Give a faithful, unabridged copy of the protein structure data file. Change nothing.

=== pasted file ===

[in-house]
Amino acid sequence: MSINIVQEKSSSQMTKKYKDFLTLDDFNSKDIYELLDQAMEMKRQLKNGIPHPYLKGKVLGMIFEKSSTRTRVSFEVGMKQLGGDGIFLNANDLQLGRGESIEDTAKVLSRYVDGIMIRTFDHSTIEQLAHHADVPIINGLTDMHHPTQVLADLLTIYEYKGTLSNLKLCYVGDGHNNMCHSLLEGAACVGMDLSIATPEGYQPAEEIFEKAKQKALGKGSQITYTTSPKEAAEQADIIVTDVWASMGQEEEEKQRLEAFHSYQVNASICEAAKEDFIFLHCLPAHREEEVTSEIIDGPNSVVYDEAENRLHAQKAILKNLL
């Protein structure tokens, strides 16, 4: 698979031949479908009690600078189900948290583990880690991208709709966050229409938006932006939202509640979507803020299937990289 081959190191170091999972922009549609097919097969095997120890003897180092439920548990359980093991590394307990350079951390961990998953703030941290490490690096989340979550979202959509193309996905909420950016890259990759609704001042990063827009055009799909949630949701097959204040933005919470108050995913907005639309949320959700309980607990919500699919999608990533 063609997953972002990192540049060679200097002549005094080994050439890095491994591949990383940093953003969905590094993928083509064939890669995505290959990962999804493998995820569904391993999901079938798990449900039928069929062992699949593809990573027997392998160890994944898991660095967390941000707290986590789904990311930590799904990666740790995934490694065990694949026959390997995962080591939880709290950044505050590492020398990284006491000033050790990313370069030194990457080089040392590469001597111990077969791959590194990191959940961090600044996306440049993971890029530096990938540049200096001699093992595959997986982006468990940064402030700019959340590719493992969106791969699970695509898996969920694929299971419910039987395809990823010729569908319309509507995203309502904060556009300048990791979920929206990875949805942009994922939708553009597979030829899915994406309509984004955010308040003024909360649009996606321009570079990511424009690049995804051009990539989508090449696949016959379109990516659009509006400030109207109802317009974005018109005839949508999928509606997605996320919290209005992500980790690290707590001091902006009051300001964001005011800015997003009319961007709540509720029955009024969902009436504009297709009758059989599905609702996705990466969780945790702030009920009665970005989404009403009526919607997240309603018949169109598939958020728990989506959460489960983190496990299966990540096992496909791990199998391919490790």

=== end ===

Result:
[in-house]
Amino acid sequence: MSINIVQEKSSSQMTKKYKDFLTLDDFNSKDIYELLDQAMEMKRQLKNGIPHPYLKGKVLGMIFEKSSTRTRVSFEVGMKQLGGDGIFLNANDLQLGRGESIEDTAKVLSRYVDGIMIRTFDHSTIEQLAHHADVPIINGLTDMHHPTQVLADLLTIYEYKGTLSNLKLCYVGDGHNNMCHSLLEGAACVGMDLSIATPEGYQPAEEIFEKAKQKALGKGSQITYTTSPKEAAEQADIIVTDVWASMGQEEEEKQRLEAFHSYQVNASICEAAKEDFIFLHCLPAHREEEVTSEIIDGPNSVVYDEAENRLHAQKAILKNLL
């Protein structure tokens, strides 16, 4: 698979031949479908009690600078189900948290583990880690991208709709966050229409938006932006939202509640979507803020299937990289 081959190191170091999972922009549609097919097969095997120890003897180092439920548990359980093991590394307990350079951390961990998953703030941290490490690096989340979550979202959509193309996905909420950016890259990759609704001042990063827009055009799909949630949701097959204040933005919470108050995913907005639309949320959700309980607990919500699919999608990533 063609997953972002990192540049060679200097002549005094080994050439890095491994591949990383940093953003969905590094993928083509064939890669995505290959990962999804493998995820569904391993999901079938798990449900039928069929062992699949593809990573027997392998160890994944898991660095967390941000707290986590789904990311930590799904990666740790995934490694065990694949026959390997995962080591939880709290950044505050590492020398990284006491000033050790990313370069030194990457080089040392590469001597111990077969791959590194990191959940961090600044996306440049993971890029530096990938540049200096001699093992595959997986982006468990940064402030700019959340590719493992969106791969699970695509898996969920694929299971419910039987395809990823010729569908319309509507995203309502904060556009300048990791979920929206990875949805942009994922939708553009597979030829899915994406309509984004955010308040003024909360649009996606321009570079990511424009690049995804051009990539989508090449696949016959379109990516659009509006400030109207109802317009974005018109005839949508999928509606997605996320919290209005992500980790690290707590001091902006009051300001964001005011800015997003009319961007709540509720029955009024969902009436504009297709009758059989599905609702996705990466969780945790702030009920009665970005989404009403009526919607997240309603018949169109598939958020728990989506959460489960983190496990299966990540096992496909791990199998391919490790």